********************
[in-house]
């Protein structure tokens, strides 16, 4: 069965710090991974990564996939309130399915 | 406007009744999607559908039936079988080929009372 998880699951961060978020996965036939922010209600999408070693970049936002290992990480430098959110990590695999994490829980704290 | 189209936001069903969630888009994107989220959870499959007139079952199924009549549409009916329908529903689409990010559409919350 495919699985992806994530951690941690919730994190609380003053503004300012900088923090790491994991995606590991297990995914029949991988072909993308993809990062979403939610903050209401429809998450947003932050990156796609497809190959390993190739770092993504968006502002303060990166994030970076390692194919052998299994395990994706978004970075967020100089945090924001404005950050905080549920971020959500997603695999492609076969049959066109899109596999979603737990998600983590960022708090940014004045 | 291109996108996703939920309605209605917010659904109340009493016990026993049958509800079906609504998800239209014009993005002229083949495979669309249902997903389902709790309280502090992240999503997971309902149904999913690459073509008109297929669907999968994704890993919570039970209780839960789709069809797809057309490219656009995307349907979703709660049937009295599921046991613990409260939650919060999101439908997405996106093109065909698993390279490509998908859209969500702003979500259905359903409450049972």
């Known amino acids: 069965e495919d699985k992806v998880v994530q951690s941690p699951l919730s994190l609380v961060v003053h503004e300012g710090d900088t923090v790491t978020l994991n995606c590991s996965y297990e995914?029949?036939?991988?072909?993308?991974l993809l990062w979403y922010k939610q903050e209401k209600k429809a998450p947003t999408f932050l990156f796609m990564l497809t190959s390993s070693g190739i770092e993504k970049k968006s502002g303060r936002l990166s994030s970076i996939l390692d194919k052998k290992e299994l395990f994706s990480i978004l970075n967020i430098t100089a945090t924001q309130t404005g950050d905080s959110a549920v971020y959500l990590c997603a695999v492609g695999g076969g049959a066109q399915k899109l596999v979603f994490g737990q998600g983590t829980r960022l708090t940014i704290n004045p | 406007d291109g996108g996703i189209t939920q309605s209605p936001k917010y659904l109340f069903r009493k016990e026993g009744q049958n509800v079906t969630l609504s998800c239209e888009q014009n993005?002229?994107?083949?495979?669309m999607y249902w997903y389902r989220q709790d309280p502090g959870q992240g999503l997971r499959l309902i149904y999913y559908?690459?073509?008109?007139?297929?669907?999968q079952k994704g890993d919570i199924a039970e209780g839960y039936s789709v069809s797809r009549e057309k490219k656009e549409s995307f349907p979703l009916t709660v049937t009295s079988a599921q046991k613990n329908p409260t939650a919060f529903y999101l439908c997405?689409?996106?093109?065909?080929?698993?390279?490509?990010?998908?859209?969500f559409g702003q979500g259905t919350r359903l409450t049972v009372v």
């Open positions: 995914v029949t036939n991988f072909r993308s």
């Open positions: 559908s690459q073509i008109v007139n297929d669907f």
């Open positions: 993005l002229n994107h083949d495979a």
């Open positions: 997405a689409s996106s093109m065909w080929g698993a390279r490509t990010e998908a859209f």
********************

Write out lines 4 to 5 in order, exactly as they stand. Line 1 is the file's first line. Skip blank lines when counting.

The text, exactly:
């Open positions: 995914v029949t036939n991988f072909r993308s």
């Open positions: 559908s690459q073509i008109v007139n297929d669907f």